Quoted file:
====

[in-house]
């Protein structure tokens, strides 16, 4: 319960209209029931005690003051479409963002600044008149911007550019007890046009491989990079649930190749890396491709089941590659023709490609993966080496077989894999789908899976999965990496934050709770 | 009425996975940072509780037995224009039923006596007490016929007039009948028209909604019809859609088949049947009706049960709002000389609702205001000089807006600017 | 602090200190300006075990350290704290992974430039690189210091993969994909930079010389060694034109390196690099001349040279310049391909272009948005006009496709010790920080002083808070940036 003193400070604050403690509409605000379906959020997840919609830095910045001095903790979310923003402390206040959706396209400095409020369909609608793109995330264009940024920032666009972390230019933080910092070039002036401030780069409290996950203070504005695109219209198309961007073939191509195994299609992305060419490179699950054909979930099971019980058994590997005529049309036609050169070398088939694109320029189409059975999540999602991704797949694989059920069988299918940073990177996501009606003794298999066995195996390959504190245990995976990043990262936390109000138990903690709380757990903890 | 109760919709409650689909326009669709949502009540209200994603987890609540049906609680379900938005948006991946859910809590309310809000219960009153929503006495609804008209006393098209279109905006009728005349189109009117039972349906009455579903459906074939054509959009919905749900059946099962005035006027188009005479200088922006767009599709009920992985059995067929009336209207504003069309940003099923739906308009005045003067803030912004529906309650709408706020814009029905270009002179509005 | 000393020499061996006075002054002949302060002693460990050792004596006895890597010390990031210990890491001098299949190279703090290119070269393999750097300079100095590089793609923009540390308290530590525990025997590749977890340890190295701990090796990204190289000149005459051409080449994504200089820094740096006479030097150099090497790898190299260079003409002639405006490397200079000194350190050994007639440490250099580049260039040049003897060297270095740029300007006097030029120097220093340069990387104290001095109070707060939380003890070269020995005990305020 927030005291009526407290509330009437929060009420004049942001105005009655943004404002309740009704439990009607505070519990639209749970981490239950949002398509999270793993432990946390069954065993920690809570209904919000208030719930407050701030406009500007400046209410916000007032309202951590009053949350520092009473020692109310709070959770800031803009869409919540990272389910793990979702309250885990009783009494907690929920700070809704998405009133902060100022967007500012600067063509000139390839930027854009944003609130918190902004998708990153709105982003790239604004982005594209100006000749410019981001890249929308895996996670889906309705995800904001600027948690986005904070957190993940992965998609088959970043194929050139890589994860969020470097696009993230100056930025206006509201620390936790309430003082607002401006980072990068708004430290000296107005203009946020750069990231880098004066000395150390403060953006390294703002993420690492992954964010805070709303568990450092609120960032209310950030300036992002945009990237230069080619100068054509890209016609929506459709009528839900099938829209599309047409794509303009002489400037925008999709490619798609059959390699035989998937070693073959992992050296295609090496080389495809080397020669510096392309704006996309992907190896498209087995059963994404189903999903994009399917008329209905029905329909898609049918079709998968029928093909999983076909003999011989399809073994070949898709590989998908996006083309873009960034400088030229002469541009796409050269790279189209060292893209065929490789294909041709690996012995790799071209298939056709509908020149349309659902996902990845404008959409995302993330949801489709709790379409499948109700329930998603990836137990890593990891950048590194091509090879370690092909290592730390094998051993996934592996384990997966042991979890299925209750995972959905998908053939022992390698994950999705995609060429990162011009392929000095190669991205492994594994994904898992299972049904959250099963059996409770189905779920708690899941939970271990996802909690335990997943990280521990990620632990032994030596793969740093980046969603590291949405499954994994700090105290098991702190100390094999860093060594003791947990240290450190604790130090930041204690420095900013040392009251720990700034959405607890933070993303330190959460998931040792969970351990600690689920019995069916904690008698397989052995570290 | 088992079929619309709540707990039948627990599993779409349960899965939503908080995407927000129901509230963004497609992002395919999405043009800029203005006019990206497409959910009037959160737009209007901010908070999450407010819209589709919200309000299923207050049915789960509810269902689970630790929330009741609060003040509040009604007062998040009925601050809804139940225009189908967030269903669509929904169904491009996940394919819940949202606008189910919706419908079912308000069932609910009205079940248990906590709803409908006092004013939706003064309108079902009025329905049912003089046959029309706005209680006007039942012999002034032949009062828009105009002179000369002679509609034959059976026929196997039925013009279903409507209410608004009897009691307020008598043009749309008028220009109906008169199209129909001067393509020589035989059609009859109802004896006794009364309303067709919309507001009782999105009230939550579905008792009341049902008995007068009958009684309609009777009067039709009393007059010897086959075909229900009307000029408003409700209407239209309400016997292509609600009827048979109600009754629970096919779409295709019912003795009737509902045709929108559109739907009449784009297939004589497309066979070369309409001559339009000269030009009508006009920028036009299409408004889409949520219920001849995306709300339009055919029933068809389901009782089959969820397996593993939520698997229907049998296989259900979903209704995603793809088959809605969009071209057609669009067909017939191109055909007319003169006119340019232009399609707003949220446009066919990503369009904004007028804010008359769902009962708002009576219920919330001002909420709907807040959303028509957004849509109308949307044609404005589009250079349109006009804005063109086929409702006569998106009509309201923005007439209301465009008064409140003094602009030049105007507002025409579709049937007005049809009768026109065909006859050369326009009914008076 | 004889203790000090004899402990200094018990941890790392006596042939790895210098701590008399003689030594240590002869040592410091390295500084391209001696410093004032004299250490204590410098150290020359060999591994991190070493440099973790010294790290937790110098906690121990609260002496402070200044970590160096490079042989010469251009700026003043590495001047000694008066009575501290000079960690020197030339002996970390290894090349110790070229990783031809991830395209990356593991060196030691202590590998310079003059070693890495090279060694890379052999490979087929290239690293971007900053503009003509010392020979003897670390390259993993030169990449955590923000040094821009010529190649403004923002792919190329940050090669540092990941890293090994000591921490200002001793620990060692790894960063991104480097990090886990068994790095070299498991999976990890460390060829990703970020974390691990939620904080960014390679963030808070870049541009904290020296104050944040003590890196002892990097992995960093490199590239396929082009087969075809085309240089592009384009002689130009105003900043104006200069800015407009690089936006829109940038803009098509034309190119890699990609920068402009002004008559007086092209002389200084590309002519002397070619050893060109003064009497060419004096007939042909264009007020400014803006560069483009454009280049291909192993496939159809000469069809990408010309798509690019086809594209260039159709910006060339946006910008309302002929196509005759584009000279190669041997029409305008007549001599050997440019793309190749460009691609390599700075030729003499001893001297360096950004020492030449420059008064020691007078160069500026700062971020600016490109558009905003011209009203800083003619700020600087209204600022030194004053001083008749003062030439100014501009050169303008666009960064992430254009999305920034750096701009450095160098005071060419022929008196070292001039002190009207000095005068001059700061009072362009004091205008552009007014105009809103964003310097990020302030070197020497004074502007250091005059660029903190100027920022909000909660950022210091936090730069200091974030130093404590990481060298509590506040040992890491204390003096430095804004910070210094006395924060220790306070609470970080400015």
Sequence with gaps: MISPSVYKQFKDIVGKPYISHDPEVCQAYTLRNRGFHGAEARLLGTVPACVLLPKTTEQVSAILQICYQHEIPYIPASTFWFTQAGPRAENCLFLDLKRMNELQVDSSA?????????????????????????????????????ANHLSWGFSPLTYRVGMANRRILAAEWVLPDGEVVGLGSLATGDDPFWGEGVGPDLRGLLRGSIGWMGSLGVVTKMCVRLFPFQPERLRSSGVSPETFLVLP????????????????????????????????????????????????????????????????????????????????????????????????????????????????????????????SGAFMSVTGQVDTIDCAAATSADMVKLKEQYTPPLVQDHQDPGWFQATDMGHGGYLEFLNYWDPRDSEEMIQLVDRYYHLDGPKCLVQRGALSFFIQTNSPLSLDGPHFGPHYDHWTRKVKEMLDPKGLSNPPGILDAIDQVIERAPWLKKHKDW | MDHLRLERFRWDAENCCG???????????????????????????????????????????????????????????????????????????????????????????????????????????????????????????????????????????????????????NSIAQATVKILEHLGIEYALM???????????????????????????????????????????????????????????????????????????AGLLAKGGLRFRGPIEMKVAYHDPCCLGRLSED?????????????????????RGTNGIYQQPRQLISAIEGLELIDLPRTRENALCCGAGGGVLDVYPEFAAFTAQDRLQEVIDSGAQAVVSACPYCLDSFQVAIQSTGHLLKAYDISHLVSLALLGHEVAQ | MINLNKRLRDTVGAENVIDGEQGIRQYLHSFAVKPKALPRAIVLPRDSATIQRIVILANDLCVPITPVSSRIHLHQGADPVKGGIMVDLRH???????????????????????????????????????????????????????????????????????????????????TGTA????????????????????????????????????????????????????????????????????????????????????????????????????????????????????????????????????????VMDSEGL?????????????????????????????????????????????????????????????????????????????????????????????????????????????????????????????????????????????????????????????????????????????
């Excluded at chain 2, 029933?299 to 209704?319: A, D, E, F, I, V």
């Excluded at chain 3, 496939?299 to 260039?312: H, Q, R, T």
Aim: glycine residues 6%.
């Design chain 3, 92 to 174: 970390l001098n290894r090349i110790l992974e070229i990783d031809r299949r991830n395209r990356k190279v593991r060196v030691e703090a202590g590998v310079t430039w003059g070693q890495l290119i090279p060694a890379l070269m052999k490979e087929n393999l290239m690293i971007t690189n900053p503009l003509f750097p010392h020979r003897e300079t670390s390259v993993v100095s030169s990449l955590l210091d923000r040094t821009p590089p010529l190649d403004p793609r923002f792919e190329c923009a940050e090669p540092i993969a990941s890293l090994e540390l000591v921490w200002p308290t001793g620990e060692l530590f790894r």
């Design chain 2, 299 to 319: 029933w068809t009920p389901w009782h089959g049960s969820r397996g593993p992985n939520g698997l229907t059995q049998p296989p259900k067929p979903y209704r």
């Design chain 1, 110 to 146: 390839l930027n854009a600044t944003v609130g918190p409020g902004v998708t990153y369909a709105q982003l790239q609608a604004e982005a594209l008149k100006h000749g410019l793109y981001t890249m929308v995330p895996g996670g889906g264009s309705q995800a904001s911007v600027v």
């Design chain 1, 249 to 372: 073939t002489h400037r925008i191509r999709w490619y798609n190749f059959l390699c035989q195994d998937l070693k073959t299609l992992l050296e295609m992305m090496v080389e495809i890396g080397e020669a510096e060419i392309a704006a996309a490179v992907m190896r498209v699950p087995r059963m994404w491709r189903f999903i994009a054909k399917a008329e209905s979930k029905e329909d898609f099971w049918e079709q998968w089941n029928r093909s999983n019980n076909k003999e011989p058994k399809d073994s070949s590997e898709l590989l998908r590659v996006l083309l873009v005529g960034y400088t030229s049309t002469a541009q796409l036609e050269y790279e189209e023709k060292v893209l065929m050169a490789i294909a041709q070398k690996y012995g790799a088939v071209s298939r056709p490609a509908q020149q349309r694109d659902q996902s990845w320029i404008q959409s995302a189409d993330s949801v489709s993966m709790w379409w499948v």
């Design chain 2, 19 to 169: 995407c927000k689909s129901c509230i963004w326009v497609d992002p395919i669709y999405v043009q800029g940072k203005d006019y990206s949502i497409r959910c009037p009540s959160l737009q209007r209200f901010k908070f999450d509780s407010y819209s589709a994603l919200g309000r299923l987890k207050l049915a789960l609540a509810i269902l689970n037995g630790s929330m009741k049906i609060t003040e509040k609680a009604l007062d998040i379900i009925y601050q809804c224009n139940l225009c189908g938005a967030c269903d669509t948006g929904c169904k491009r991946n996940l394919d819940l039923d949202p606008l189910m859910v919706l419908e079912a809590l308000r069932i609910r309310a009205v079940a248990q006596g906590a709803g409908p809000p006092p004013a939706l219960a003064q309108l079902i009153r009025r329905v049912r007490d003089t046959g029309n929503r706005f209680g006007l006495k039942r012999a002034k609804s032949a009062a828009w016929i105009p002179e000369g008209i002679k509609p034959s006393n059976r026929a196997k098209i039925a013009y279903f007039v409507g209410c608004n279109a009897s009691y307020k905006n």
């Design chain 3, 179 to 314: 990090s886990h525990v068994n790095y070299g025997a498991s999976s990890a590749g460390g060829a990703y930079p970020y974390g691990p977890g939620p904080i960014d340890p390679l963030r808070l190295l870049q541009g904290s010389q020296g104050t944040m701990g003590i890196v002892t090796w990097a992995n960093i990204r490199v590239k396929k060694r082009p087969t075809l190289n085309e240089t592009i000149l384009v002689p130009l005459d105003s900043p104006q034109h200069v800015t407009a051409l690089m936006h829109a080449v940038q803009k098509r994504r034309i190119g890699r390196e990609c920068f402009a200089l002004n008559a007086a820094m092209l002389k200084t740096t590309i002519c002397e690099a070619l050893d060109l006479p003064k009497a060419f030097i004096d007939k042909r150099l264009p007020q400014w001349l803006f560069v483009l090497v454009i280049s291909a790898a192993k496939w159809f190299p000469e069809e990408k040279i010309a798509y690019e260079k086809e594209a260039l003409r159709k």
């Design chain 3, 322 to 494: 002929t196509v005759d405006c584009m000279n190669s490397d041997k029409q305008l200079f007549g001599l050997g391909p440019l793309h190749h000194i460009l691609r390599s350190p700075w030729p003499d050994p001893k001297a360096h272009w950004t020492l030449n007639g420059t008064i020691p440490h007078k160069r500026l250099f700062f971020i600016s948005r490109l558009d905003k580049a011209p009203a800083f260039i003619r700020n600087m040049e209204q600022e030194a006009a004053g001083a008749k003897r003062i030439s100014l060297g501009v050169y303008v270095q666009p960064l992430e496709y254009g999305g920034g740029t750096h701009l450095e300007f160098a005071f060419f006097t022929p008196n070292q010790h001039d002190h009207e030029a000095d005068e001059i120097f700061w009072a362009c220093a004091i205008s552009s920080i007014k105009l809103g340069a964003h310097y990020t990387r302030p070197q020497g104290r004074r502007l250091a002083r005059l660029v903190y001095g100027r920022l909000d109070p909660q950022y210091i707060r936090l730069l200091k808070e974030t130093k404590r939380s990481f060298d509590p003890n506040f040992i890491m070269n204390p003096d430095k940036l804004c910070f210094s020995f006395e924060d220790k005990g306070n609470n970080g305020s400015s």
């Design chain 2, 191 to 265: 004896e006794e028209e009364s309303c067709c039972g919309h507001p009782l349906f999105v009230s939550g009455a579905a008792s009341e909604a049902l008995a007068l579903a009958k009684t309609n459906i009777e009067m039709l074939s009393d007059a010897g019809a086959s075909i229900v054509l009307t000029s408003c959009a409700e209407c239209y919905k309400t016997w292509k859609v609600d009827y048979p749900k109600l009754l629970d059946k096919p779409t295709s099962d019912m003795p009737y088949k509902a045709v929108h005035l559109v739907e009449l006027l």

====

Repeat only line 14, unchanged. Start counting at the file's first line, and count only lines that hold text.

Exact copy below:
């Design chain 2, 191 to 265: 004896e006794e028209e009364s309303c067709c039972g919309h507001p009782l349906f999105v009230s939550g009455a579905a008792s009341e909604a049902l008995a007068l579903a009958k009684t309609n459906i009777e009067m039709l074939s009393d007059a010897g019809a086959s075909i229900v054509l009307t000029s408003c959009a409700e209407c239209y919905k309400t016997w292509k859609v609600d009827y048979p749900k109600l009754l629970d059946k096919p779409t295709s099962d019912m003795p009737y088949k509902a045709v929108h005035l559109v739907e009449l006027l």